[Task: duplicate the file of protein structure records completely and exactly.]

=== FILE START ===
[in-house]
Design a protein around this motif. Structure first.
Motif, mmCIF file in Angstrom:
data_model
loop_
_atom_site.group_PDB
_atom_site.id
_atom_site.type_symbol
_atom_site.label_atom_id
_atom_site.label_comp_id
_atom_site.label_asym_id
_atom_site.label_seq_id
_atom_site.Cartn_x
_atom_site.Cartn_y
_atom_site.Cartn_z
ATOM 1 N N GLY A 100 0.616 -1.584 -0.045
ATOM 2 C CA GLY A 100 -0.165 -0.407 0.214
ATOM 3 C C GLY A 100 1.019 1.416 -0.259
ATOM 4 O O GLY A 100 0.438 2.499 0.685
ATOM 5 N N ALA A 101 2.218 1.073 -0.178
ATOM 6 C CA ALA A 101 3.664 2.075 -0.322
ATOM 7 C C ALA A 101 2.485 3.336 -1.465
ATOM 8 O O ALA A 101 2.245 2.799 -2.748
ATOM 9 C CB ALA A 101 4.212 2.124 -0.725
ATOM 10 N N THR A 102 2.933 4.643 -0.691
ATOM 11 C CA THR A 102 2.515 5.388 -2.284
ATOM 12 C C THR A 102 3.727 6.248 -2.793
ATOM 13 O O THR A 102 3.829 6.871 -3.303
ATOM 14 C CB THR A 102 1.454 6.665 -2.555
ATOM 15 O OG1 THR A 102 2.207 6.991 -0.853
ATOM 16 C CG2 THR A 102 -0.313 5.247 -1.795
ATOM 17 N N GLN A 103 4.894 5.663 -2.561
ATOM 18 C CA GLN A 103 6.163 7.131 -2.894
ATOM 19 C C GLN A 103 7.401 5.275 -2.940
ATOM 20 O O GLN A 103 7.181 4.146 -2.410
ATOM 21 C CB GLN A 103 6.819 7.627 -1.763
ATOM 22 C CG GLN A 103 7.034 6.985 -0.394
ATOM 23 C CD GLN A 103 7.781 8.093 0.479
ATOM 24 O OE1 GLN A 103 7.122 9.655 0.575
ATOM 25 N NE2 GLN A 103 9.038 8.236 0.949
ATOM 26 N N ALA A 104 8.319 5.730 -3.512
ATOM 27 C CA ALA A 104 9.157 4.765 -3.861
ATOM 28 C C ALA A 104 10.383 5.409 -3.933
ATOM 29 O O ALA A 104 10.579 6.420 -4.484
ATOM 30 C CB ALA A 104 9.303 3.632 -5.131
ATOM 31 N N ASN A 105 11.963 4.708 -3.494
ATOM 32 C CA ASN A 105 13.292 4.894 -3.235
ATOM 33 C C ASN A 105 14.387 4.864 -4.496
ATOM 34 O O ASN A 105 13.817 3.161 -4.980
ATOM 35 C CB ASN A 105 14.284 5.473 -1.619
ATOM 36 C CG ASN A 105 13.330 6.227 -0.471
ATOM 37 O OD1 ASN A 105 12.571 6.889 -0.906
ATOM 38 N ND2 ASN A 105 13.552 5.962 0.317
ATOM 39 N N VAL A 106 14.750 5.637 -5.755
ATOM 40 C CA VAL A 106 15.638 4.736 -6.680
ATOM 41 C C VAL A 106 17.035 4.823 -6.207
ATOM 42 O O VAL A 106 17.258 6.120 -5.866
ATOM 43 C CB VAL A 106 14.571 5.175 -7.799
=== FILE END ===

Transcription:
[in-house]
Design a protein around this motif. Structure first.
Motif, mmCIF file in Angstrom:
data_model
loop_
_atom_site.group_PDB
_atom_site.id
_atom_site.type_symbol
_atom_site.label_atom_id
_atom_site.label_comp_id
_atom_site.label_asym_id
_atom_site.label_seq_id
_atom_site.Cartn_x
_atom_site.Cartn_y
_atom_site.Cartn_z
ATOM 1 N N GLY A 100 0.616 -1.584 -0.045
ATOM 2 C CA GLY A 100 -0.165 -0.407 0.214
ATOM 3 C C GLY A 100 1.019 1.416 -0.259
ATOM 4 O O GLY A 100 0.438 2.499 0.685
ATOM 5 N N ALA A 101 2.218 1.073 -0.178
ATOM 6 C CA ALA A 101 3.664 2.075 -0.322
ATOM 7 C C ALA A 101 2.485 3.336 -1.465
ATOM 8 O O ALA A 101 2.245 2.799 -2.748
ATOM 9 C CB ALA A 101 4.212 2.124 -0.725
ATOM 10 N N THR A 102 2.933 4.643 -0.691
ATOM 11 C CA THR A 102 2.515 5.388 -2.284
ATOM 12 C C THR A 102 3.727 6.248 -2.793
ATOM 13 O O THR A 102 3.829 6.871 -3.303
ATOM 14 C CB THR A 102 1.454 6.665 -2.555
ATOM 15 O OG1 THR A 102 2.207 6.991 -0.853
ATOM 16 C CG2 THR A 102 -0.313 5.247 -1.795
ATOM 17 N N GLN A 103 4.894 5.663 -2.561
ATOM 18 C CA GLN A 103 6.163 7.131 -2.894
ATOM 19 C C GLN A 103 7.401 5.275 -2.940
ATOM 20 O O GLN A 103 7.181 4.146 -2.410
ATOM 21 C CB GLN A 103 6.819 7.627 -1.763
ATOM 22 C CG GLN A 103 7.034 6.985 -0.394
ATOM 23 C CD GLN A 103 7.781 8.093 0.479
ATOM 24 O OE1 GLN A 103 7.122 9.655 0.575
ATOM 25 N NE2 GLN A 103 9.038 8.236 0.949
ATOM 26 N N ALA A 104 8.319 5.730 -3.512
ATOM 27 C CA ALA A 104 9.157 4.765 -3.861
ATOM 28 C C ALA A 104 10.383 5.409 -3.933
ATOM 29 O O ALA A 104 10.579 6.420 -4.484
ATOM 30 C CB ALA A 104 9.303 3.632 -5.131
ATOM 31 N N ASN A 105 11.963 4.708 -3.494
ATOM 32 C CA ASN A 105 13.292 4.894 -3.235
ATOM 33 C C ASN A 105 14.387 4.864 -4.496
ATOM 34 O O ASN A 105 13.817 3.161 -4.980
ATOM 35 C CB ASN A 105 14.284 5.473 -1.619
ATOM 36 C CG ASN A 105 13.330 6.227 -0.471
ATOM 37 O OD1 ASN A 105 12.571 6.889 -0.906
ATOM 38 N ND2 ASN A 105 13.552 5.962 0.317
ATOM 39 N N VAL A 106 14.750 5.637 -5.755
ATOM 40 C CA VAL A 106 15.638 4.736 -6.680
ATOM 41 C C VAL A 106 17.035 4.823 -6.207
ATOM 42 O O VAL A 106 17.258 6.120 -5.866
ATOM 43 C CB VAL A 106 14.571 5.175 -7.799